The Mercer Museum contains more than 50,000 tools and artifacts gathered by Mercer, a leader in the Arts and Crafts movement. This seven-story concrete National Historic Landmark with unusual towers and gables contains items from more than 60 early American trades, including woodworking, metalworking, agriculture, textile and husbandry. Mercer established the Moravian Pottery & Tile Works in 1898 and worked there until his death in 1930. The main building, built in 1911, is an adaptation of a California Mission church, partly because Mercer believed good art came from religious faith. A variety of tiles depicting nature are set in both interior and exterior walls. The self-guided tour begins with a short video about Mercer and the tile making. The rest of the tour reveals tile installations and exhibits, tool and machinery displays, the building’s architectural features and live demonstrations of tile making. A special commemorative tile is currently being sold to raise funds for building renovations.
The James A. Michener Art Museum honors another Doylestown native son. Located in a renovated 19th- century jail, it includes a replica of the Bucks County office where he wrote South Pacific.
Frank Lloyd Wright
The master architect, Frank Lloyd Wright, designed Kentuck Knob in the town of Chalk Hill in 1953. This home is built entirely of tidewater red cypress and native fieldstone with a copper roof. It is furnished with contemporary sculpture, ancient artifacts and historical items collected by its present owners.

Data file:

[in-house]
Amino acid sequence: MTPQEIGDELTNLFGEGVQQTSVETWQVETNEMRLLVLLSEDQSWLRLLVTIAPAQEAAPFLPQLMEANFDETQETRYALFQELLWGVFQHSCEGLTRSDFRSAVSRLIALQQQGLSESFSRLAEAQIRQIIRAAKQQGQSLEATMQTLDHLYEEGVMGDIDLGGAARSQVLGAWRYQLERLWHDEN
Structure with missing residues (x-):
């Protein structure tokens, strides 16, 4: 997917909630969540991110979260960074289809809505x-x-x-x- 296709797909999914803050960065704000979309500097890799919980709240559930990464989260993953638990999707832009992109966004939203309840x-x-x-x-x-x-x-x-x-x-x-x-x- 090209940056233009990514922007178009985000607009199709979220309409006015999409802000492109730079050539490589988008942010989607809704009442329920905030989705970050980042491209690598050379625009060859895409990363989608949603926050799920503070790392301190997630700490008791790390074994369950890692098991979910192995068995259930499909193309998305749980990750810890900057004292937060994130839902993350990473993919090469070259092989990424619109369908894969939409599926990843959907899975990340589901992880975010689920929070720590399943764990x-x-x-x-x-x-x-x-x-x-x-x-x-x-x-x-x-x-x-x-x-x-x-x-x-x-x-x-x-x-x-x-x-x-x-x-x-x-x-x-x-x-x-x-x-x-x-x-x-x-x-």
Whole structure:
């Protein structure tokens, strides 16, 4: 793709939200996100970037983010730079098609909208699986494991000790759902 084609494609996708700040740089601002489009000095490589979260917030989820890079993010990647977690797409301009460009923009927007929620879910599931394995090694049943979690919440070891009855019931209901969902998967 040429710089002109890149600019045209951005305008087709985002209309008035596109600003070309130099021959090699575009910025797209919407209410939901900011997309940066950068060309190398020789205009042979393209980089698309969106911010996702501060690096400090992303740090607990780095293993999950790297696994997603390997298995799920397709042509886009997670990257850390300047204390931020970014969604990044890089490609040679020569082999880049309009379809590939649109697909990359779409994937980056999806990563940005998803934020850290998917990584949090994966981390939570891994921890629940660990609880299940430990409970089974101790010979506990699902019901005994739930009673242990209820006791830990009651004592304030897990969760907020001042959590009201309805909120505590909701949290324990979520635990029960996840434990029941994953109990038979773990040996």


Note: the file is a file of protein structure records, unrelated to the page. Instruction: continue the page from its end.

Located right over a waterfall, Fallingwater in Mill Run is the only remaining Frank Lloyd Wright house with its natural setting, original furnishings and artwork intact. Wright’s most widely acclaimed work, it was designed in 1936 for Pittsburgh department store owner Edgar J. Kaufmann and entrusted to the Western Pennsylvania Conservancy in 1963. In addition to world-renowned architecture, visitors can view decorative arts, textiles and home furnishings collected through the world travels of the Kaufmann family from the 1930s through the 1960s. Tours require a lot of walking and step climbing.